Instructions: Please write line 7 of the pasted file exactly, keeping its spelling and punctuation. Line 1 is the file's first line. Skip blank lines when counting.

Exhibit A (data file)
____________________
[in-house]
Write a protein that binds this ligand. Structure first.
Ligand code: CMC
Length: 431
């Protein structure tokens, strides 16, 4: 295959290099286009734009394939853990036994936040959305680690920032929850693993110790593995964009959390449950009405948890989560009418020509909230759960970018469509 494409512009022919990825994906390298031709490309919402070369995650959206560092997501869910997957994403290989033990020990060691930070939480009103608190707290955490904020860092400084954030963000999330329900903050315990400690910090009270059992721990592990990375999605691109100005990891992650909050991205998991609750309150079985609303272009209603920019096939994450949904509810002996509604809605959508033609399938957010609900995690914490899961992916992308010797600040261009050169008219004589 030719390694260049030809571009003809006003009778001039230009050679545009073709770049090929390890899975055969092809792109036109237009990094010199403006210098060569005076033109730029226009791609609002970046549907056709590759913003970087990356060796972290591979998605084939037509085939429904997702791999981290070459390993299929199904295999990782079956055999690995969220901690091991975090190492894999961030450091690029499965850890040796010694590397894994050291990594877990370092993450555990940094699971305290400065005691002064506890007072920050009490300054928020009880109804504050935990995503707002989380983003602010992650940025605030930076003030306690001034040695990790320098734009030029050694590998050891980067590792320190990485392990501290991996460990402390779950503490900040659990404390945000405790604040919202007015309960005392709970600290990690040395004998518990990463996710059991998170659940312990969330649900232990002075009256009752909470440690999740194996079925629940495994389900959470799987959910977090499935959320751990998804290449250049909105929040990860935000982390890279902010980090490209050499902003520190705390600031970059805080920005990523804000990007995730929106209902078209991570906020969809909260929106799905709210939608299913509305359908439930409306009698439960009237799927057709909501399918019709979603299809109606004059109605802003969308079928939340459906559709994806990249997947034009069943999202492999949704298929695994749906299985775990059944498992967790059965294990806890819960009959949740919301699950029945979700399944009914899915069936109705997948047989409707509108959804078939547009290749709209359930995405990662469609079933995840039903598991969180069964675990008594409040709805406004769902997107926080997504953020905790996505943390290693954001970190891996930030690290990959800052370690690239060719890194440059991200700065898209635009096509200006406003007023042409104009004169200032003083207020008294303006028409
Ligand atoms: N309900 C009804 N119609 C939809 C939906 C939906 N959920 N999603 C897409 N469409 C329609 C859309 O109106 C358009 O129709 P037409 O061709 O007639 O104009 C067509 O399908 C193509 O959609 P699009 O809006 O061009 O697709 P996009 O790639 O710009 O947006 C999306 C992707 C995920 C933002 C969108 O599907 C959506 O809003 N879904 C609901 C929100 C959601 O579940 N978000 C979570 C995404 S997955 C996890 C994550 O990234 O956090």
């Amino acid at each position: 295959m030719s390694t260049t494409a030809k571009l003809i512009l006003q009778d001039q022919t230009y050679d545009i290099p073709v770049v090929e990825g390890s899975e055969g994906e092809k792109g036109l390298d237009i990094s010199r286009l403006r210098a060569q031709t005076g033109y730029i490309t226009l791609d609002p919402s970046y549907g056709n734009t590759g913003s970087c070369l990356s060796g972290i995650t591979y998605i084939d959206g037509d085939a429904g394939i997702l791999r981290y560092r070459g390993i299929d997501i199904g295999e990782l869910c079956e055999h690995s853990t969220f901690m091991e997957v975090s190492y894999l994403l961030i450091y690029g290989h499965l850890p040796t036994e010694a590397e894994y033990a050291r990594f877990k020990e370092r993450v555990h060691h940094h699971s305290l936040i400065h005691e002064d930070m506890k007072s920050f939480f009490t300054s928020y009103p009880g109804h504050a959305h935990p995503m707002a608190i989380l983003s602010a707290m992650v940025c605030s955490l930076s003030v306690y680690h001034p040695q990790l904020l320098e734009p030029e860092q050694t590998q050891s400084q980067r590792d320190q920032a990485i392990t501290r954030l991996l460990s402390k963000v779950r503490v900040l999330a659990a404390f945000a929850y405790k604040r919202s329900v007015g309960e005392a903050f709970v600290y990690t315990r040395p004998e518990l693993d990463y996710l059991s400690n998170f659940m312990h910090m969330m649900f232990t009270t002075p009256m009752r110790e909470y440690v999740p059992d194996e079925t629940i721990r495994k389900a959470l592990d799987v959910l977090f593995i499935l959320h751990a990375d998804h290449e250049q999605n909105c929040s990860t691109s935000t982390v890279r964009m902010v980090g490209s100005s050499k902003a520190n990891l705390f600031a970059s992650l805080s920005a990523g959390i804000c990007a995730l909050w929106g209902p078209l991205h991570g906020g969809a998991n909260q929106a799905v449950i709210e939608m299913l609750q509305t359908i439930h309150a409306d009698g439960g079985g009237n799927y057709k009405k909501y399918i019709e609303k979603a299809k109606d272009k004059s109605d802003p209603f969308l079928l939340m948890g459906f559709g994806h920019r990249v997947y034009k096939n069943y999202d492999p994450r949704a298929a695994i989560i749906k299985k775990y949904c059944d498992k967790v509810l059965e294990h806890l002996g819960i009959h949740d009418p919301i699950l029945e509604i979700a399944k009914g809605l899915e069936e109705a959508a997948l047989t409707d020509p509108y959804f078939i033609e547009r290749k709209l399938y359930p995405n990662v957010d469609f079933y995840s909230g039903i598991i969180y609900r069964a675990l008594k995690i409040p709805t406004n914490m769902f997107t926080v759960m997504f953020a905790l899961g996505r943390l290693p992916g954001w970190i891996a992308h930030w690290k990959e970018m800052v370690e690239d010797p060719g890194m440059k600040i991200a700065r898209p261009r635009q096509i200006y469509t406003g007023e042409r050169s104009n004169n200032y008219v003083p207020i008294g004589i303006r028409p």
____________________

């Amino acid at each position: 295959m030719s390694t260049t494409a030809k571009l003809i512009l006003q009778d001039q022919t230009y050679d545009i290099p073709v770049v090929e990825g390890s899975e055969g994906e092809k792109g036109l390298d237009i990094s010199r286009l403006r210098a060569q031709t005076g033109y730029i490309t226009l791609d609002p919402s970046y549907g056709n734009t590759g913003s970087c070369l990356s060796g972290i995650t591979y998605i084939d959206g037509d085939a429904g394939i997702l791999r981290y560092r070459g390993i299929d997501i199904g295999e990782l869910c079956e055999h690995s853990t969220f901690m091991e997957v975090s190492y894999l994403l961030i450091y690029g290989h499965l850890p040796t036994e010694a590397e894994y033990a050291r990594f877990k020990e370092r993450v555990h060691h940094h699971s305290l936040i400065h005691e002064d930070m506890k007072s920050f939480f009490t300054s928020y009103p009880g109804h504050a959305h935990p995503m707002a608190i989380l983003s602010a707290m992650v940025c605030s955490l930076s003030v306690y680690h001034p040695q990790l904020l320098e734009p030029e860092q050694t590998q050891s400084q980067r590792d320190q920032a990485i392990t501290r954030l991996l460990s402390k963000v779950r503490v900040l999330a659990a404390f945000a929850y405790k604040r919202s329900v007015g309960e005392a903050f709970v600290y990690t315990r040395p004998e518990l693993d990463y996710l059991s400690n998170f659940m312990h910090m969330m649900f232990t009270t002075p009256m009752r110790e909470y440690v999740p059992d194996e079925t629940i721990r495994k389900a959470l592990d799987v959910l977090f593995i499935l959320h751990a990375d998804h290449e250049q999605n909105c929040s990860t691109s935000t982390v890279r964009m902010v980090g490209s100005s050499k902003a520190n990891l705390f600031a970059s992650l805080s920005a990523g959390i804000c990007a995730l909050w929106g209902p078209l991205h991570g906020g969809a998991n909260q929106a799905v449950i709210e939608m299913l609750q509305t359908i439930h309150a409306d009698g439960g079985g009237n799927y057709k009405k909501y399918i019709e609303k979603a299809k109606d272009k004059s109605d802003p209603f969308l079928l939340m948890g459906f559709g994806h920019r990249v997947y034009k096939n069943y999202d492999p994450r949704a298929a695994i989560i749906k299985k775990y949904c059944d498992k967790v509810l059965e294990h806890l002996g819960i009959h949740d009418p919301i699950l029945e509604i979700a399944k009914g809605l899915e069936e109705a959508a997948l047989t409707d020509p509108y959804f078939i033609e547009r290749k709209l399938y359930p995405n990662v957010d469609f079933y995840s909230g039903i598991i969180y609900r069964a675990l008594k995690i409040p709805t406004n914490m769902f997107t926080v759960m997504f953020a905790l899961g996505r943390l290693p992916g954001w970190i891996a992308h930030w690290k990959e970018m800052v370690e690239d010797p060719g890194m440059k600040i991200a700065r898209p261009r635009q096509i200006y469509t406003g007023e042409r050169s104009n004169n200032y008219v003083p207020i008294g004589i303006r028409p």